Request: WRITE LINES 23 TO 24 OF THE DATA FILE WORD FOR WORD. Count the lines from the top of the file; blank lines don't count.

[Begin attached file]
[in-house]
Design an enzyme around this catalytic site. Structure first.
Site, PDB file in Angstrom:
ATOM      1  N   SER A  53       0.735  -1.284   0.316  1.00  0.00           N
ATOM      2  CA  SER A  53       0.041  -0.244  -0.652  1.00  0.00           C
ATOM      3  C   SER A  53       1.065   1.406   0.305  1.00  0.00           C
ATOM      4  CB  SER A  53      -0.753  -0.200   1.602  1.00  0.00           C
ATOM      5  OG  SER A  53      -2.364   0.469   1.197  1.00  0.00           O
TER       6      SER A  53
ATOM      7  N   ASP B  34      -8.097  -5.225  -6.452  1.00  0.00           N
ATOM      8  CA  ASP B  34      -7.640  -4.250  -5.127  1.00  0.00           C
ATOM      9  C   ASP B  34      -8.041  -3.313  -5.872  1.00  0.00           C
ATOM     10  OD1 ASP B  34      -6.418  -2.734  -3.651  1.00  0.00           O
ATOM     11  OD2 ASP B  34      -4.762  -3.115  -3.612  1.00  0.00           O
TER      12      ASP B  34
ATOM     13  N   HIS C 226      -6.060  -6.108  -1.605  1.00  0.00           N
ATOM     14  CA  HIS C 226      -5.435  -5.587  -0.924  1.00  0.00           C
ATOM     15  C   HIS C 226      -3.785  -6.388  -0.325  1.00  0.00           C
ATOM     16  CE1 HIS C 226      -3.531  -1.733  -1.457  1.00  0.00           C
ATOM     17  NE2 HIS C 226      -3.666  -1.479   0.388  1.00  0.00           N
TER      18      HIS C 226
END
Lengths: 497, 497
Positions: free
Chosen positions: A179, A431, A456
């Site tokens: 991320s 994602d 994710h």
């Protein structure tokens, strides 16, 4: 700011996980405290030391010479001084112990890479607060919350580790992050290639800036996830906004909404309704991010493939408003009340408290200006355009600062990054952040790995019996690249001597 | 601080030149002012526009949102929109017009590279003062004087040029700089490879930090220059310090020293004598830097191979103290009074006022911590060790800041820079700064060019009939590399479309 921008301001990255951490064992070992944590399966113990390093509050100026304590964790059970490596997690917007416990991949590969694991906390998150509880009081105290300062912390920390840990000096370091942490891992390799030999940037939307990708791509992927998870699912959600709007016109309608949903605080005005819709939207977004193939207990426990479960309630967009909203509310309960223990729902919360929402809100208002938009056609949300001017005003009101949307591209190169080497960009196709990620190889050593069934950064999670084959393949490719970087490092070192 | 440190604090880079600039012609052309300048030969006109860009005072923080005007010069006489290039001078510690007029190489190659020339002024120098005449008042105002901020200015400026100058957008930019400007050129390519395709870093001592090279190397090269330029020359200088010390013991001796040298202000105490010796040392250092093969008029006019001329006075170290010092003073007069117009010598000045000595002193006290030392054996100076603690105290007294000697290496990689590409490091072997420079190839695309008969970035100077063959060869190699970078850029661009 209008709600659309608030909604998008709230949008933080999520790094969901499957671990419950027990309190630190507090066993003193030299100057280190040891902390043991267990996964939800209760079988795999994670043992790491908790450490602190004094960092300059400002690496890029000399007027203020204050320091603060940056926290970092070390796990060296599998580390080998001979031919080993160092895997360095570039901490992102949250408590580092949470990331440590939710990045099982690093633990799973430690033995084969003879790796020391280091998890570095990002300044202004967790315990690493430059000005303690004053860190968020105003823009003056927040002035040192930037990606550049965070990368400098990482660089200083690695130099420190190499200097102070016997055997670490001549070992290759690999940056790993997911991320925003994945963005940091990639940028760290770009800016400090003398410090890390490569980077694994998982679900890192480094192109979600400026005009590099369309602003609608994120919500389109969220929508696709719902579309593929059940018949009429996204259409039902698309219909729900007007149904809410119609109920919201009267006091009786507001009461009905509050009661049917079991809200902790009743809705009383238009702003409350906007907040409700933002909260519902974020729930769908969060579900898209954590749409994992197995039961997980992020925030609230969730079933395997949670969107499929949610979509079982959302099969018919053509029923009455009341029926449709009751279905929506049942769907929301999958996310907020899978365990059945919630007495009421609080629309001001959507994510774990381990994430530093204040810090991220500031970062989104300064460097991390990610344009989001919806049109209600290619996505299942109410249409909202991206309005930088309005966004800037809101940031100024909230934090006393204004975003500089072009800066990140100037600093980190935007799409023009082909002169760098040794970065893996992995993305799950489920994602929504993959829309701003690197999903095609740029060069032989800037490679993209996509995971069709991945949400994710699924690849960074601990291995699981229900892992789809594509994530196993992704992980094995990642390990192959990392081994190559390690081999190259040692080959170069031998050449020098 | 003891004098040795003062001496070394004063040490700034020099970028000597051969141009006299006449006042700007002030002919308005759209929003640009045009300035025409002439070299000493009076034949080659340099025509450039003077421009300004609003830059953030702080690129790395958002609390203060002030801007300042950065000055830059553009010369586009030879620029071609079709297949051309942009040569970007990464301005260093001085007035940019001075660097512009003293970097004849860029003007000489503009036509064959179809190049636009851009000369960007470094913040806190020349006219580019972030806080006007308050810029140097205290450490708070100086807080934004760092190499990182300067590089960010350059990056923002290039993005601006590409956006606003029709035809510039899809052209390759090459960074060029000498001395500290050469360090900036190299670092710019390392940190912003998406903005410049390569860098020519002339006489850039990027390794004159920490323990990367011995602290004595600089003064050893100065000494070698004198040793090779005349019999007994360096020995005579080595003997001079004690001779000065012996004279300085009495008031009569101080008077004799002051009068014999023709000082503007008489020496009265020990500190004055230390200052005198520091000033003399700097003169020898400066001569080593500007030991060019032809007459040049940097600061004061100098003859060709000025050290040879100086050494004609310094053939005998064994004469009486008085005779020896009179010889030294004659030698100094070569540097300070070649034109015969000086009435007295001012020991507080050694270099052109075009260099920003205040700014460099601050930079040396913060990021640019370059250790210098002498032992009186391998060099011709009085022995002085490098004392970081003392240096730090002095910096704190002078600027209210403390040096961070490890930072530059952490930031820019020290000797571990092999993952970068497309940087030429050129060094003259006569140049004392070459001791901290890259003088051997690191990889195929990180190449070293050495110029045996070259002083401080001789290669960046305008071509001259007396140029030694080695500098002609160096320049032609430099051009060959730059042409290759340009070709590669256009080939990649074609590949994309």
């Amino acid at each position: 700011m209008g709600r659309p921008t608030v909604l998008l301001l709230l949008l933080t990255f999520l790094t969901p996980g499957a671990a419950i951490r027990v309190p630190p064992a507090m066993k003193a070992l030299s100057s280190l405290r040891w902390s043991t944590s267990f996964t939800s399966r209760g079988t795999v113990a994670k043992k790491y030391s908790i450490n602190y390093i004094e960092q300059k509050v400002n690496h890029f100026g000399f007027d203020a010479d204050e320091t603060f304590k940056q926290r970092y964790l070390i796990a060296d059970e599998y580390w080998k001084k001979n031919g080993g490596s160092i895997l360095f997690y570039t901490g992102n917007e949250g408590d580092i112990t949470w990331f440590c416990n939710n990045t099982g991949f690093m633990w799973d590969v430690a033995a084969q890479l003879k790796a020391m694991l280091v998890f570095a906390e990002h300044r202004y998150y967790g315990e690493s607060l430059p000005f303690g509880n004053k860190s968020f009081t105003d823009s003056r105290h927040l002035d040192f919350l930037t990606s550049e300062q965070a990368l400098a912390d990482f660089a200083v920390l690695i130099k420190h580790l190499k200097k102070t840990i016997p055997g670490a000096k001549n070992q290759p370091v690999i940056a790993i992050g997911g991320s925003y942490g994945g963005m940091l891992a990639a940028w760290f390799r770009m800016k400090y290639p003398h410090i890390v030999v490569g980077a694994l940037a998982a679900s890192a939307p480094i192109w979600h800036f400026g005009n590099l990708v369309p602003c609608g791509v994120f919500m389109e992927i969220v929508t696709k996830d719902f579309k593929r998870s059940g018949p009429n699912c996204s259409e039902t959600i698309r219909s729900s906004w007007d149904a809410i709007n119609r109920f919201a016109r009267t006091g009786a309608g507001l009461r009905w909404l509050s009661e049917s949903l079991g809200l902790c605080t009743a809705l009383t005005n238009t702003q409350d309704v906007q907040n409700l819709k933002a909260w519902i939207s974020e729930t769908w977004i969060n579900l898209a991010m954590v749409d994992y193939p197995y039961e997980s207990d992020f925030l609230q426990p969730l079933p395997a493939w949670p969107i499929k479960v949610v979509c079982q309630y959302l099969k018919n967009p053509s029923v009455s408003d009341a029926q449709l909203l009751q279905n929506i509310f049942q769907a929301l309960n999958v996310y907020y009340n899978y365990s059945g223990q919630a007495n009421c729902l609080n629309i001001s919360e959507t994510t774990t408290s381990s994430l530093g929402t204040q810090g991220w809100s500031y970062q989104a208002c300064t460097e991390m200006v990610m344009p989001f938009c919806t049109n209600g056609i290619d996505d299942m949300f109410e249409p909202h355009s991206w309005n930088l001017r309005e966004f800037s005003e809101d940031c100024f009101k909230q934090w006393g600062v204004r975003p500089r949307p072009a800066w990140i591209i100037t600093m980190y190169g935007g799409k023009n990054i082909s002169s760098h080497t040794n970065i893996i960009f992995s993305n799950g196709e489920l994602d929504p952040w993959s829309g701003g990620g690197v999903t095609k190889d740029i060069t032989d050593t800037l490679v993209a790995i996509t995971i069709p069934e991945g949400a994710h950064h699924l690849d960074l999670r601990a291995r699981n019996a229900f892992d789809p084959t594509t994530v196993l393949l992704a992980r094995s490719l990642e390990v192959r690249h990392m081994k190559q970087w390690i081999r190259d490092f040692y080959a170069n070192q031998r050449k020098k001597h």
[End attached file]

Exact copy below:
Lengths: 497, 497
Positions: free